Perhaps that’s why the artwork sparks such emotion within me -- both good and bad. These are after all just paintings, not the real thing. I still haven’t seen a cicada up close in real life in nature or in captive, but Elisa’s intricate representations on printed wallpaper patterns make me feel as though I have. They conjure up memories and feelings. They cause me to reflect on my relationship with the microcosm right outside (and oftentimes inside) my doorstep and the larger pattern of life in this world. They also manage to fill in a small piece of my own nostalgia story.
Oh, and it's worth mentioning that Elisa's work depicts not only cicadas, but lots of other cool bugs and people creatures too. But for Col and me, it was the cicada piece. So we bought it.
Artwork shown by Elisa Freeman, www.elisafreemanart.com.
Monday, May 07, 2007
My sister Em, her boy Kev, and I joined the north team (we were living North of Pearl at the time, though we're all southies now). I never was much of a competitive person, so I didn't think I'd really like basketball. But once you got me and my sister under the defensive net, the Twin Towers couldn't be beat. Down on the offensive side was where Kev, Coach, and the Doctor really strutted their stuff. Our team was friendliest, of course, but tension between the sides got so intense that at one point, people started getting hurt. That's when I left the team. I haven't been back. Until now.
Soon after I left, the teams disbanded and started playing pick-up style. I heard word that the scene is much more mellow now because of it, but I wanted to check it out myself before getting back into the short shorts.
So last Tuesday, Colin and I walked down to the Locust Street basketball courts to check out the first game of the season. It was tough to tell who was winning (were they even keeping track?) or who was on which team. But it was pretty clear that everyone was breathing hard and having a good time.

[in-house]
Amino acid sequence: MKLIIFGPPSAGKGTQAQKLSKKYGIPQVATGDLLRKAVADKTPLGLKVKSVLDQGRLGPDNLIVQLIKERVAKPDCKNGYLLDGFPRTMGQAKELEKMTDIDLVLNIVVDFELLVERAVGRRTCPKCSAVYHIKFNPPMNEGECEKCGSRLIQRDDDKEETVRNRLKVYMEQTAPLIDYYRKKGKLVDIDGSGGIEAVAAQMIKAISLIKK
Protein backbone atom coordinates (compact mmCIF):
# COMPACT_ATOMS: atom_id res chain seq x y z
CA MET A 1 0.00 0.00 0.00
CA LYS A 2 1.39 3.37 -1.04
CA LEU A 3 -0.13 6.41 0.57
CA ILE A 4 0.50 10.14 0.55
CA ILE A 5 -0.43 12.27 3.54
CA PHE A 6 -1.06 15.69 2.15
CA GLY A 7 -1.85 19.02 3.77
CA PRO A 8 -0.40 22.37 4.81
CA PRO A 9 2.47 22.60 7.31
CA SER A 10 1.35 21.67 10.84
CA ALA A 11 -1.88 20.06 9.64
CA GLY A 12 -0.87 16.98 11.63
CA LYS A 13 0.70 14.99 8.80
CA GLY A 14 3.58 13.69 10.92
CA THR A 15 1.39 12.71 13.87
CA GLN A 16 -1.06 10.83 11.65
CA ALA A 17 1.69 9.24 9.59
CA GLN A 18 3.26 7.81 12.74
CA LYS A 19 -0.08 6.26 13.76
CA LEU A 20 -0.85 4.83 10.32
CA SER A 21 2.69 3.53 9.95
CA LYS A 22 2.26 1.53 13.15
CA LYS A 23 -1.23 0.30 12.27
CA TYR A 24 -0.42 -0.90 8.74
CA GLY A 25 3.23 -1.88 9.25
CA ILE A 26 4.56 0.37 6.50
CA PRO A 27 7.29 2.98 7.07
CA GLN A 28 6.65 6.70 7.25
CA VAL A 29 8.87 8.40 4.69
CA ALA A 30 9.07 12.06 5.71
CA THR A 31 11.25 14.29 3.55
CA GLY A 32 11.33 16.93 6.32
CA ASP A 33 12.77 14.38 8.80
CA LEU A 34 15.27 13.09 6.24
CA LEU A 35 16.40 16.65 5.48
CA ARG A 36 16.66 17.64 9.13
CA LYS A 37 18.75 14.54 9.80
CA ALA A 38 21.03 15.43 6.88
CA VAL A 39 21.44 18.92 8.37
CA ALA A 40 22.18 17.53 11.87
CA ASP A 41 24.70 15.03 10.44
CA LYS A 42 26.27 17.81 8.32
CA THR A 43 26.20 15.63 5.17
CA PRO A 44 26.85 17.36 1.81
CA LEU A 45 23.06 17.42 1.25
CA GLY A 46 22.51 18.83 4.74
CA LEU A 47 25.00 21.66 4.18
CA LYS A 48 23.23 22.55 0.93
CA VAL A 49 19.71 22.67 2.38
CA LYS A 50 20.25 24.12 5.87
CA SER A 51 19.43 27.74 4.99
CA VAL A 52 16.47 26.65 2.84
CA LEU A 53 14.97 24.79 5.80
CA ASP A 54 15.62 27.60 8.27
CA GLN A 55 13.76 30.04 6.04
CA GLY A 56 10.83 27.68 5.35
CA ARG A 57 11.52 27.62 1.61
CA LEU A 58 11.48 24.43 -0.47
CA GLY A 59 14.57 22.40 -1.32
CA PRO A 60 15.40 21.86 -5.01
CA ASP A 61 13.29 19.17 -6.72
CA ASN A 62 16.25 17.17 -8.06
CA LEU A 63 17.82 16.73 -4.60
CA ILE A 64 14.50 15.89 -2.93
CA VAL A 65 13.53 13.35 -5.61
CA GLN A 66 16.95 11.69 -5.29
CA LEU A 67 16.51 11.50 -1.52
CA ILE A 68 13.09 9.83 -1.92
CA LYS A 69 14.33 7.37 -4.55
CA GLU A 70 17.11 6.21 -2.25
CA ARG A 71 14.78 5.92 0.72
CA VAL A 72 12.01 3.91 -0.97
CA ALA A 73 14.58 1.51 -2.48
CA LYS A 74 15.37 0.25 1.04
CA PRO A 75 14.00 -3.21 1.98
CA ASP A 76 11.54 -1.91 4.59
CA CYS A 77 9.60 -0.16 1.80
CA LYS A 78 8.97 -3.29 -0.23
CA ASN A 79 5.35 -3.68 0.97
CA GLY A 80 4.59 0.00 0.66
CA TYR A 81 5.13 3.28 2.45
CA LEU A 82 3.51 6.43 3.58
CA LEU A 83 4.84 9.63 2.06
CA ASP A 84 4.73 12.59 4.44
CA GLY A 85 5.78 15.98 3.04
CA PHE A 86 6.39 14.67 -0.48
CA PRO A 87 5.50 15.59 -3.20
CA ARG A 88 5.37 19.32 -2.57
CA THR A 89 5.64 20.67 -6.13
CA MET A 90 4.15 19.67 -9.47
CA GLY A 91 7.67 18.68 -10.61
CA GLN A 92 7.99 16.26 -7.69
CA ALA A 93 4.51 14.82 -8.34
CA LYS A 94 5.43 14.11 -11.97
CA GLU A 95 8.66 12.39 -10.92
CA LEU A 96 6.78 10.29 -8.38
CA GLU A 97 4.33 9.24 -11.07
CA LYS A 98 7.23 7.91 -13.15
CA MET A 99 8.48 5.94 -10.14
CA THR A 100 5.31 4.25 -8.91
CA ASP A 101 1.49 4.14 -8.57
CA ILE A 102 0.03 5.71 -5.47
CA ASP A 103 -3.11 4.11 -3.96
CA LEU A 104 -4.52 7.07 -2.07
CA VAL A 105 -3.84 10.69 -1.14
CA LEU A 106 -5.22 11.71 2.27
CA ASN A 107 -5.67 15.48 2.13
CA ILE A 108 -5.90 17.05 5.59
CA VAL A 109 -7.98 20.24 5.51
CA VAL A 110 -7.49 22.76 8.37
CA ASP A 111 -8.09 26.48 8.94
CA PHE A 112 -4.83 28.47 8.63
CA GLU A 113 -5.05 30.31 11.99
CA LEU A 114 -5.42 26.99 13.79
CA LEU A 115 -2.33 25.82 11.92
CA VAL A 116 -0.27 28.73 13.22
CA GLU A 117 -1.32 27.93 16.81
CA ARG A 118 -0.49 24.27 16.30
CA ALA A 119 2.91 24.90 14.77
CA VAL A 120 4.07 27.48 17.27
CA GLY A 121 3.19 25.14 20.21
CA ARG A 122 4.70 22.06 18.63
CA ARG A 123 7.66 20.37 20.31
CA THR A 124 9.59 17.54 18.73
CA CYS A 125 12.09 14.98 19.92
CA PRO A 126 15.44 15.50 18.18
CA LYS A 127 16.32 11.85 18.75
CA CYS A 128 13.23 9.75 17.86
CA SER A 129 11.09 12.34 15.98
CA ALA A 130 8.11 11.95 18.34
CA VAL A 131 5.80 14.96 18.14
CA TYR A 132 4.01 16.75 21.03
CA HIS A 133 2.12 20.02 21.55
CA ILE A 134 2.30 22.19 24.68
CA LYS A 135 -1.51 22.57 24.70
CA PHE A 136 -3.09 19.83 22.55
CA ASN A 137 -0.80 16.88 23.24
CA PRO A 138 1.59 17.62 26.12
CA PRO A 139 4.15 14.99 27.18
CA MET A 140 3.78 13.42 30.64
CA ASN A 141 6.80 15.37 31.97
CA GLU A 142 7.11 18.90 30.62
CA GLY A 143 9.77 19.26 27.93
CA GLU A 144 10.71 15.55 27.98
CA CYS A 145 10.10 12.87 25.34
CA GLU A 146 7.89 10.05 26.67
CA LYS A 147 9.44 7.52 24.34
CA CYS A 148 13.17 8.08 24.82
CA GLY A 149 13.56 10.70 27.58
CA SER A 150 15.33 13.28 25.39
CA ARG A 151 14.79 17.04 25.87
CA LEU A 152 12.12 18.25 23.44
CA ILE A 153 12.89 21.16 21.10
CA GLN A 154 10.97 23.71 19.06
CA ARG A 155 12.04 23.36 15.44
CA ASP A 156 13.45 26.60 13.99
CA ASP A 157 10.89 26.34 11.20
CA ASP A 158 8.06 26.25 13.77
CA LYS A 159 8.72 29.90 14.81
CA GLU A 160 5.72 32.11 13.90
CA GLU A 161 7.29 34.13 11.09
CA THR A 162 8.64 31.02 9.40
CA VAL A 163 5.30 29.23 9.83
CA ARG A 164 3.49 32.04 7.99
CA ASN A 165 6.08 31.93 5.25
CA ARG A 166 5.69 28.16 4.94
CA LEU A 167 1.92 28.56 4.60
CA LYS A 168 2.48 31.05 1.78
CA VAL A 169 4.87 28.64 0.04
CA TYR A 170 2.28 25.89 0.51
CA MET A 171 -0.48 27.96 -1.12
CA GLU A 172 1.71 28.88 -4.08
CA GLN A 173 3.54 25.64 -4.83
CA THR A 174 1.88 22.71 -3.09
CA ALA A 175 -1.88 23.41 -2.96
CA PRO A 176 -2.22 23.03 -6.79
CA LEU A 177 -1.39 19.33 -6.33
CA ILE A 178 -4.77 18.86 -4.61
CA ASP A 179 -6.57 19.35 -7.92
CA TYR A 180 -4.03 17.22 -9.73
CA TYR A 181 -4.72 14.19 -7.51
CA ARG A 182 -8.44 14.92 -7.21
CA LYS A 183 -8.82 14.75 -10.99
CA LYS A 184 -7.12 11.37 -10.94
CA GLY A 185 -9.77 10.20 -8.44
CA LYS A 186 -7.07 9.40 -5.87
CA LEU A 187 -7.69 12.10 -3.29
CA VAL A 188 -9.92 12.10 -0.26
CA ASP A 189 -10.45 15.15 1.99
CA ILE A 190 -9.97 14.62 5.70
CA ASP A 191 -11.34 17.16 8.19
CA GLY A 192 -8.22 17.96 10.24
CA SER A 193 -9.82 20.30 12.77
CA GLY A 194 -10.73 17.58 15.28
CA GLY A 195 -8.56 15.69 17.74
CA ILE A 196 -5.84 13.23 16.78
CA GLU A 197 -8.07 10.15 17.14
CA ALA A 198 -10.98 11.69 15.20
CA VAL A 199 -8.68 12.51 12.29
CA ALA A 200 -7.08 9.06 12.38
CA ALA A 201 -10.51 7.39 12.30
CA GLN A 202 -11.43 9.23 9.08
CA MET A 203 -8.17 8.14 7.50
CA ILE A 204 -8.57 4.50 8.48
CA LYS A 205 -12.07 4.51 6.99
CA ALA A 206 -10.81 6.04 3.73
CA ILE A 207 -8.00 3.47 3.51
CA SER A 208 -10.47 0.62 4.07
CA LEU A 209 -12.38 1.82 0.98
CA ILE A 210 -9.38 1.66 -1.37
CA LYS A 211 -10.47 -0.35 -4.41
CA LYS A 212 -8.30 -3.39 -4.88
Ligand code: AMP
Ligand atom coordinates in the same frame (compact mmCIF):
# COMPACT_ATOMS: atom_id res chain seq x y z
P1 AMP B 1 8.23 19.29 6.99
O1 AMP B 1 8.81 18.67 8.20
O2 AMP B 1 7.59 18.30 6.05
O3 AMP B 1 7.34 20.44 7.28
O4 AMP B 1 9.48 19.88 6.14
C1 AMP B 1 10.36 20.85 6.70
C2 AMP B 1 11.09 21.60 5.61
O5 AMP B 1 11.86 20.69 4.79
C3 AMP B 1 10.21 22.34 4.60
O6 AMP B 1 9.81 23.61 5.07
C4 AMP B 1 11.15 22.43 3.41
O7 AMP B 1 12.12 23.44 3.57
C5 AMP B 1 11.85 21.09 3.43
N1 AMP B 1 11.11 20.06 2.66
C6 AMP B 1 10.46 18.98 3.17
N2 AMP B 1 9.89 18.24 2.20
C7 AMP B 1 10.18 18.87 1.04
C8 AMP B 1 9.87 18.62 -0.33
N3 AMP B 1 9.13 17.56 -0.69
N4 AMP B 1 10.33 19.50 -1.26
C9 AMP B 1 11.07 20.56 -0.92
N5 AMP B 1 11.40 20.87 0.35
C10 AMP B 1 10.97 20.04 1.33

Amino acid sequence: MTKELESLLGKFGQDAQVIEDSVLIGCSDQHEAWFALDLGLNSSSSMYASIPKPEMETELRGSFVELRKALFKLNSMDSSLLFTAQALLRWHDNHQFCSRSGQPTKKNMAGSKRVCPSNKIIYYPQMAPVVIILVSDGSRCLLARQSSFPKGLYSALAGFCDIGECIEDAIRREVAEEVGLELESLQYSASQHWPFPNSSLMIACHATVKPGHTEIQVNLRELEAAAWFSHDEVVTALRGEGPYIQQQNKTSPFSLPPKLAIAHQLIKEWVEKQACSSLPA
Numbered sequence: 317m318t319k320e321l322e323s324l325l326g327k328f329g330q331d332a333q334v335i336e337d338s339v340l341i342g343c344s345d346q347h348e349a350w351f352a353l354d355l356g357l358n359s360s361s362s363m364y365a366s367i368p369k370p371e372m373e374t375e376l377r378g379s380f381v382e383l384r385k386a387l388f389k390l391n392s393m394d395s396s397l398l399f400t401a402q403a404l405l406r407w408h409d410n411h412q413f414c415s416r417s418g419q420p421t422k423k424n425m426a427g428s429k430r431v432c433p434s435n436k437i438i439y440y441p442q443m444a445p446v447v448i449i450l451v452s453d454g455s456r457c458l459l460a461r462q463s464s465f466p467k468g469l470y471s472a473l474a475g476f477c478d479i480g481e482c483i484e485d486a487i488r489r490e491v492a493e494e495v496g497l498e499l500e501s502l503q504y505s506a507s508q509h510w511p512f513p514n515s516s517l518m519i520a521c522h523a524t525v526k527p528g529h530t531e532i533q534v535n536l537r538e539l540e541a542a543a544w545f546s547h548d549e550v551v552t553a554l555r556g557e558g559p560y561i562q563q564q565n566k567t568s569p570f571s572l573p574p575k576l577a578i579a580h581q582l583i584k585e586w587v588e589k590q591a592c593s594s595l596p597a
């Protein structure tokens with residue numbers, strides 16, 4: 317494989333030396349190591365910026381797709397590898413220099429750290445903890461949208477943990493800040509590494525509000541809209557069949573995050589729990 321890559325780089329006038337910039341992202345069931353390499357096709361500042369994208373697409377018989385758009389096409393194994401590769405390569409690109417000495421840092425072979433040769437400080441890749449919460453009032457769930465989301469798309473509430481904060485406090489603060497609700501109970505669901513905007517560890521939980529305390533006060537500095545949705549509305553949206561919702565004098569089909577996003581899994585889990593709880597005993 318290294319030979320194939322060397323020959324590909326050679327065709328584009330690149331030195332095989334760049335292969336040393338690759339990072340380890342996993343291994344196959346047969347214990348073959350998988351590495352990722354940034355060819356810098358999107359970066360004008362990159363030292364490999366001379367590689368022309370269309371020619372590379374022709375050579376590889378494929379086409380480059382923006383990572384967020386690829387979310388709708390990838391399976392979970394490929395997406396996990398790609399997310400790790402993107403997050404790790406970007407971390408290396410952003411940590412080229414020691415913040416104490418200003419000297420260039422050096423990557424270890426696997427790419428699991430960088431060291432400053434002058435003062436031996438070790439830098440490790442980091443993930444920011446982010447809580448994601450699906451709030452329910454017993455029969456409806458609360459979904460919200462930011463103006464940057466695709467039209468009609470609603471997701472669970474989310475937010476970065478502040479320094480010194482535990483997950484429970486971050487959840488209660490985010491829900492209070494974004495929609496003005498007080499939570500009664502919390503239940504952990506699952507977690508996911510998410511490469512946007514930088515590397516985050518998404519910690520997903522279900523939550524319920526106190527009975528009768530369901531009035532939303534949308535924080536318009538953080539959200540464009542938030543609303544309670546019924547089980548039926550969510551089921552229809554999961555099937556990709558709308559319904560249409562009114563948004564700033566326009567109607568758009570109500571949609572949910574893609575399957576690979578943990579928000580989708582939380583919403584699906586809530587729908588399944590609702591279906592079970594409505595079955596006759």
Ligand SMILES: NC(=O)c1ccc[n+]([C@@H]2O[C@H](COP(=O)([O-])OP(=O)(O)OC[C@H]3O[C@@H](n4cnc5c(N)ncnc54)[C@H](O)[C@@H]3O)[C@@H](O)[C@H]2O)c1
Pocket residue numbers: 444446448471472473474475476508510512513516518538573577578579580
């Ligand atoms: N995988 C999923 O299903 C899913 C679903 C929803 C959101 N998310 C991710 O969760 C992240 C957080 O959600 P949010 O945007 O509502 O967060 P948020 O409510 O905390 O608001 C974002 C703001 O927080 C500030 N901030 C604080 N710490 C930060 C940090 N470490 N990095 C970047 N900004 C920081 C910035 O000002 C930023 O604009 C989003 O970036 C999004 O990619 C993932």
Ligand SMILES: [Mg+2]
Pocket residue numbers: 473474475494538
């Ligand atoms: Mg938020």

So yeah, I'll definitely be there on the courts this year. Maybe I'll see you too?
What: Pick-up Basketball
Where: Locust Street Basketball Courts
When: Tuesdays at 6pm
How: With a good attitude (and some style if you've got it)
I’m sad for the bees. Can you imagine getting lost on your way home from the grocery store and never finding your way back -- your family waiting for their dinner, but never getting it?
But it’s not just the bees that are affected. We all love their Zen-like presence in the summer months. And I can’t imagine living without my Vermont honey. But these are mild, aesthetic pleasures. No, the big problem with bees disappearing is that human life as we know it could not exist without them. That’s because the majority of our crops rely on bees for pollination. No bees, no food for us. They’re miracle life workers, those bees!
So why are they disappearing?
Sophie, my beekeeper friend in Provence, once told me that pesticides are the cause, that it’s the chemicals that are causing the bees to lose their orientation. The Times articles states many theories -- viruses, mites, disease, pesticides, stress, poor diet -- but scientists don’t know for sure and are hesitant to single out just one cause at this point. It could be a combination of many factors.